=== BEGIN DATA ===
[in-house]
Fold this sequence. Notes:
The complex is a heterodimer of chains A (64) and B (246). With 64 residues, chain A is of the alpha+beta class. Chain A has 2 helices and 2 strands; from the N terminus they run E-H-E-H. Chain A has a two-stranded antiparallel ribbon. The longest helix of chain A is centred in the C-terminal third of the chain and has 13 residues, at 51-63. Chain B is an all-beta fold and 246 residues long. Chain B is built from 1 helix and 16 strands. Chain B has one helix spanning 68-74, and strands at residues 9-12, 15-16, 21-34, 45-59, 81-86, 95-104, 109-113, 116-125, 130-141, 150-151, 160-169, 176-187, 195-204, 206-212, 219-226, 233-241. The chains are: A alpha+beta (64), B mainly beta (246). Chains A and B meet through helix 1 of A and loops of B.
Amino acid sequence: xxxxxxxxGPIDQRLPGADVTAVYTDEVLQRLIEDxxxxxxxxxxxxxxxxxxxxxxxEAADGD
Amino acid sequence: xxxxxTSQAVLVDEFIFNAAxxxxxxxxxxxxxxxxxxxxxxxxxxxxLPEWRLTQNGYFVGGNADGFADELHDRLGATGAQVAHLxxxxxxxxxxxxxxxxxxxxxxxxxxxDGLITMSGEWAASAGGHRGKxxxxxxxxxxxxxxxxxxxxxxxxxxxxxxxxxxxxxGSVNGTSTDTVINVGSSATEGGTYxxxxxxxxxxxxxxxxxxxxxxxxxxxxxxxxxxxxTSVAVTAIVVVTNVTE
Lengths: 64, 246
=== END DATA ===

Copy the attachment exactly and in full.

[in-house]
Fold this sequence. Notes:
The complex is a heterodimer of chains A (64) and B (246). With 64 residues, chain A is of the alpha+beta class. Chain A has 2 helices and 2 strands; from the N terminus they run E-H-E-H. Chain A has a two-stranded antiparallel ribbon. The longest helix of chain A is centred in the C-terminal third of the chain and has 13 residues, at 51-63. Chain B is an all-beta fold and 246 residues long. Chain B is built from 1 helix and 16 strands. Chain B has one helix spanning 68-74, and strands at residues 9-12, 15-16, 21-34, 45-59, 81-86, 95-104, 109-113, 116-125, 130-141, 150-151, 160-169, 176-187, 195-204, 206-212, 219-226, 233-241. The chains are: A alpha+beta (64), B mainly beta (246). Chains A and B meet through helix 1 of A and loops of B.
Amino acid sequence: xxxxxxxxGPIDQRLPGADVTAVYTDEVLQRLIEDxxxxxxxxxxxxxxxxxxxxxxxEAADGD
Amino acid sequence: xxxxxTSQAVLVDEFIFNAAxxxxxxxxxxxxxxxxxxxxxxxxxxxxLPEWRLTQNGYFVGGNADGFADELHDRLGATGAQVAHLxxxxxxxxxxxxxxxxxxxxxxxxxxxDGLITMSGEWAASAGGHRGKxxxxxxxxxxxxxxxxxxxxxxxxxxxxxxxxxxxxxGSVNGTSTDTVINVGSSATEGGTYxxxxxxxxxxxxxxxxxxxxxxxxxxxxxxxxxxxxTSVAVTAIVVVTNVTE
Lengths: 64, 246